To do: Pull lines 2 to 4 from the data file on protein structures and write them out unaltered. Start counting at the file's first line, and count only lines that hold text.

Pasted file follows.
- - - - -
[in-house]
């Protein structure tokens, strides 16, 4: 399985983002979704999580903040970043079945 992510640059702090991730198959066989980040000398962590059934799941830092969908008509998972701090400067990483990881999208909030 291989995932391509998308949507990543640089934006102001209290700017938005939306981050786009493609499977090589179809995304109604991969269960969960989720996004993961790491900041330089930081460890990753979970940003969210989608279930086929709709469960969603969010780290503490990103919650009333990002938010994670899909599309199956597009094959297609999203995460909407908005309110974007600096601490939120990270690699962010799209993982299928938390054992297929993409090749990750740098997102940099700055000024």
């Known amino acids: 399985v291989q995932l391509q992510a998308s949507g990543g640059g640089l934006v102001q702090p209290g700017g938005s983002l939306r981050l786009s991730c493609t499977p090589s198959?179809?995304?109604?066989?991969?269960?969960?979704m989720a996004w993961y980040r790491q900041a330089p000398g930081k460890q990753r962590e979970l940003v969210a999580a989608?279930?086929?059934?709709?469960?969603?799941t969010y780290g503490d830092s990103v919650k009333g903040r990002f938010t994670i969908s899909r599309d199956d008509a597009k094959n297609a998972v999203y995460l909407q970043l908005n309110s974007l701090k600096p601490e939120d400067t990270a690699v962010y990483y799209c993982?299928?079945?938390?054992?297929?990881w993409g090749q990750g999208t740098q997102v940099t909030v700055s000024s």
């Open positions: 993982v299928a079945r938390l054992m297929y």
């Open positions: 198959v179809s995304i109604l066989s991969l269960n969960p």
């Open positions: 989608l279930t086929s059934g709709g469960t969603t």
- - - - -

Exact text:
């Protein structure tokens, strides 16, 4: 399985983002979704999580903040970043079945 992510640059702090991730198959066989980040000398962590059934799941830092969908008509998972701090400067990483990881999208909030 291989995932391509998308949507990543640089934006102001209290700017938005939306981050786009493609499977090589179809995304109604991969269960969960989720996004993961790491900041330089930081460890990753979970940003969210989608279930086929709709469960969603969010780290503490990103919650009333990002938010994670899909599309199956597009094959297609999203995460909407908005309110974007600096601490939120990270690699962010799209993982299928938390054992297929993409090749990750740098997102940099700055000024």
């Known amino acids: 399985v291989q995932l391509q992510a998308s949507g990543g640059g640089l934006v102001q702090p209290g700017g938005s983002l939306r981050l786009s991730c493609t499977p090589s198959?179809?995304?109604?066989?991969?269960?969960?979704m989720a996004w993961y980040r790491q900041a330089p000398g930081k460890q990753r962590e979970l940003v969210a999580a989608?279930?086929?059934?709709?469960?969603?799941t969010y780290g503490d830092s990103v919650k009333g903040r990002f938010t994670i969908s899909r599309d199956d008509a597009k094959n297609a998972v999203y995460l909407q970043l908005n309110s974007l701090k600096p601490e939120d400067t990270a690699v962010y990483y799209c993982?299928?079945?938390?054992?297929?990881w993409g090749q990750g999208t740098q997102v940099t909030v700055s000024s």
């Open positions: 993982v299928a079945r938390l054992m297929y």